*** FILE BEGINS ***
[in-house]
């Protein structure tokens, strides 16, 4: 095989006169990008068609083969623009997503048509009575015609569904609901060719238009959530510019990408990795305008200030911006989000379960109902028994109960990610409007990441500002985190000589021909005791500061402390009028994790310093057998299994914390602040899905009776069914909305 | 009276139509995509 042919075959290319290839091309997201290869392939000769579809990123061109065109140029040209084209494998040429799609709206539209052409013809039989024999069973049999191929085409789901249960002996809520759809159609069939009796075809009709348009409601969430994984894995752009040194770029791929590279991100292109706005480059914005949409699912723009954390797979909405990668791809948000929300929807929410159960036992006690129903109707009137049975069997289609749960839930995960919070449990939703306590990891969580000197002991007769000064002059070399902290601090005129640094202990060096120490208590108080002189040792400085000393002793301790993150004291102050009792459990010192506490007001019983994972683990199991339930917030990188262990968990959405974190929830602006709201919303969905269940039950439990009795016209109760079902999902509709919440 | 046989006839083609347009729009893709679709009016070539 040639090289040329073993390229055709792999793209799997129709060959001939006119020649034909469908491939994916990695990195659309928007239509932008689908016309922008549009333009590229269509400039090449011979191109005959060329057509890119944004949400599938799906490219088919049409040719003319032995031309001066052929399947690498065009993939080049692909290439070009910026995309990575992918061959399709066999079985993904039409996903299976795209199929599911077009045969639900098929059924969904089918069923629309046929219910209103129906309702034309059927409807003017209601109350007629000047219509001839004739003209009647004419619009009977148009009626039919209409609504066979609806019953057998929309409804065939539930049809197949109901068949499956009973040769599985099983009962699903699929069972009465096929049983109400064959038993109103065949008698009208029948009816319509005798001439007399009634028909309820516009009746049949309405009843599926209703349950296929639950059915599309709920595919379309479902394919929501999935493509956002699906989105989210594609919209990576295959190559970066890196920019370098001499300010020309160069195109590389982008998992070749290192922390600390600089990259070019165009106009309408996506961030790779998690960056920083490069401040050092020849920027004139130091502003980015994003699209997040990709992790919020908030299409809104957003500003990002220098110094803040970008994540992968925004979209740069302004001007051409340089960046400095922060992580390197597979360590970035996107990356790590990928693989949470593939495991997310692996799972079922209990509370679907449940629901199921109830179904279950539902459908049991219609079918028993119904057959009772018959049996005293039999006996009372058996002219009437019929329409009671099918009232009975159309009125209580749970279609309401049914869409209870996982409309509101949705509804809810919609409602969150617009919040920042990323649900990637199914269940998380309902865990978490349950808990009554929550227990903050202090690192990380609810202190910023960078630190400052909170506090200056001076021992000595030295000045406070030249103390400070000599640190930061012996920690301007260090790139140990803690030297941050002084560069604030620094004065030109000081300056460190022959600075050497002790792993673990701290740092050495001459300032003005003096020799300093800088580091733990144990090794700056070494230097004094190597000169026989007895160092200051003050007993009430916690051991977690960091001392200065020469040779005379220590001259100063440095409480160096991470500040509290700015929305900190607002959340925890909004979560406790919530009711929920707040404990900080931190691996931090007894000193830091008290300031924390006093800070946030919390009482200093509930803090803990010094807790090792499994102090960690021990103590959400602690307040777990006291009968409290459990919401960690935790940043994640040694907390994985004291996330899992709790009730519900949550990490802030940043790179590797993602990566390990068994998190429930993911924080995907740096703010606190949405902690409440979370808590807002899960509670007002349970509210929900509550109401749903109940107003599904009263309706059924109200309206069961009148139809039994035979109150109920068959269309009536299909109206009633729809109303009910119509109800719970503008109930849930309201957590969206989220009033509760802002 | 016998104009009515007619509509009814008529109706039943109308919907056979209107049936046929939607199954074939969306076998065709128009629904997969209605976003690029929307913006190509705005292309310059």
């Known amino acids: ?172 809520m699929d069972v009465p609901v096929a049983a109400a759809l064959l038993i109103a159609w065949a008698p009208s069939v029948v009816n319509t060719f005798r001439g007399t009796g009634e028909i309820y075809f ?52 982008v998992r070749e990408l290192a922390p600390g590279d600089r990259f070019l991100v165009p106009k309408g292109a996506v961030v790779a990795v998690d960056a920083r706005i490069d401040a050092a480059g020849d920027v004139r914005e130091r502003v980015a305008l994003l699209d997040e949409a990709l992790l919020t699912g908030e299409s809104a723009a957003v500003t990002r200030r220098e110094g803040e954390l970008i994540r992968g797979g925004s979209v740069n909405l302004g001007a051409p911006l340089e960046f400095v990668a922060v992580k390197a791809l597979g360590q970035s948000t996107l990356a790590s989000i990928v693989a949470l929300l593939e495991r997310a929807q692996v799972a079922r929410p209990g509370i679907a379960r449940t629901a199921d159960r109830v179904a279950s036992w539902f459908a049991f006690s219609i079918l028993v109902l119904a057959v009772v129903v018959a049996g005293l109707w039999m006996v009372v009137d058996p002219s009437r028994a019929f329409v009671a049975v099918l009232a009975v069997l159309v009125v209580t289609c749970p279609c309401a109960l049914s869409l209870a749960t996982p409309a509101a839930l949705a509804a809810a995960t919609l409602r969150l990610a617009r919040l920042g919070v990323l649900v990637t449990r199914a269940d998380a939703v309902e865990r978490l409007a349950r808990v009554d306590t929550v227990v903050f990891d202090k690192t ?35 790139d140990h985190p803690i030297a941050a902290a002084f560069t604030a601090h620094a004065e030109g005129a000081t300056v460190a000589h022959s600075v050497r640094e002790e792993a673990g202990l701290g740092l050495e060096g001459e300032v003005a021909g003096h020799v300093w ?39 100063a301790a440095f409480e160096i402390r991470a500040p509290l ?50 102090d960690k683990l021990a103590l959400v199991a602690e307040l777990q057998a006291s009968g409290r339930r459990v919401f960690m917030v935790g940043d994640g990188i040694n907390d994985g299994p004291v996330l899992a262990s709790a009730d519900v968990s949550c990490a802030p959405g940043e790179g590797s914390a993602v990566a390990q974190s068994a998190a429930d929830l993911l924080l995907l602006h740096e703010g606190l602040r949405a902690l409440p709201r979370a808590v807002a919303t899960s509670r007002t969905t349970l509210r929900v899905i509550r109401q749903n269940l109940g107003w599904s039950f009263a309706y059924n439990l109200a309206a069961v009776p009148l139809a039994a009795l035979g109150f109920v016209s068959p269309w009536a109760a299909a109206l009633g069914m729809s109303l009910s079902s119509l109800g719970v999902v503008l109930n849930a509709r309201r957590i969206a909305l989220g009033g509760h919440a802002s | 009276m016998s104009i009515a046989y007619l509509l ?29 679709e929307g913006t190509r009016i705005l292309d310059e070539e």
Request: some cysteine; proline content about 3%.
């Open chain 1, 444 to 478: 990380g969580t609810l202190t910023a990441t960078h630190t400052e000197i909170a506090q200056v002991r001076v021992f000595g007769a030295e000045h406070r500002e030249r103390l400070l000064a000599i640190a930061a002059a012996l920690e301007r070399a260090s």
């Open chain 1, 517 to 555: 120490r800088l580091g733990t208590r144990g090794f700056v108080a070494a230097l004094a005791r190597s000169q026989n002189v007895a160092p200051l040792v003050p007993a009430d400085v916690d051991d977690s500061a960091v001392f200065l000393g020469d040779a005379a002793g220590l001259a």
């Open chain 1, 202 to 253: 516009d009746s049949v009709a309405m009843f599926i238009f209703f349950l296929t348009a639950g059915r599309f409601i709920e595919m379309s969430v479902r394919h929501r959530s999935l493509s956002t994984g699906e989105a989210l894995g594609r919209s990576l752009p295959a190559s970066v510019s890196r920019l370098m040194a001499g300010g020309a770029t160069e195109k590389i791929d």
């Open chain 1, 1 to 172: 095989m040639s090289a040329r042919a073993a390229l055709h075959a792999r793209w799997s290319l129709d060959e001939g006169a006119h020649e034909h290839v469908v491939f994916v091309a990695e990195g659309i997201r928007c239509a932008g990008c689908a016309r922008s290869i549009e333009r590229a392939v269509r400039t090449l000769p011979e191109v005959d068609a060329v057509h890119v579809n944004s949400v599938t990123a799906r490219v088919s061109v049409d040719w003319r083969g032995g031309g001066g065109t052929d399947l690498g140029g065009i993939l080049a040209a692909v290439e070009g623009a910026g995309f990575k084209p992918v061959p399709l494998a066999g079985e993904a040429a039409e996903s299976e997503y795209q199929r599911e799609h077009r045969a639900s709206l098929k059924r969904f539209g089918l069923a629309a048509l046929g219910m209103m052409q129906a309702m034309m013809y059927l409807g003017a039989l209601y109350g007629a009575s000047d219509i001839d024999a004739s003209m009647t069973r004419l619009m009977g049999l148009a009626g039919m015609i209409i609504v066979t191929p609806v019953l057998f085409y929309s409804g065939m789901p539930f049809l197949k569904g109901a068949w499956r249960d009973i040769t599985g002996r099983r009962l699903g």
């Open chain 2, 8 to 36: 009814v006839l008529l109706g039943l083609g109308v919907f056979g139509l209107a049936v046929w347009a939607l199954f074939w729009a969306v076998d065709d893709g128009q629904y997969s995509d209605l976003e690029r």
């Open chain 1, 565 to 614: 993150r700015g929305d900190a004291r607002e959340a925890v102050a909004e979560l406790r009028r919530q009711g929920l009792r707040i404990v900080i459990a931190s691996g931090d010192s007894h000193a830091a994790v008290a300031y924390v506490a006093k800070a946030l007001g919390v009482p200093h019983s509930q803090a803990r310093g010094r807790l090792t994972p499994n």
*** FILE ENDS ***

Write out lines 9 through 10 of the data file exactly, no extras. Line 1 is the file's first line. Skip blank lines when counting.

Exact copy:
């Open chain 2, 8 to 36: 009814v006839l008529l109706g039943l083609g109308v919907f056979g139509l209107a049936v046929w347009a939607l199954f074939w729009a969306v076998d065709d893709g128009q629904y997969s995509d209605l976003e690029r």
């Open chain 1, 565 to 614: 993150r700015g929305d900190a004291r607002e959340a925890v102050a909004e979560l406790r009028r919530q009711g929920l009792r707040i404990v900080i459990a931190s691996g931090d010192s007894h000193a830091a994790v008290a300031y924390v506490a006093k800070a946030l007001g919390v009482p200093h019983s509930q803090a803990r310093g010094r807790l090792t994972p499994n």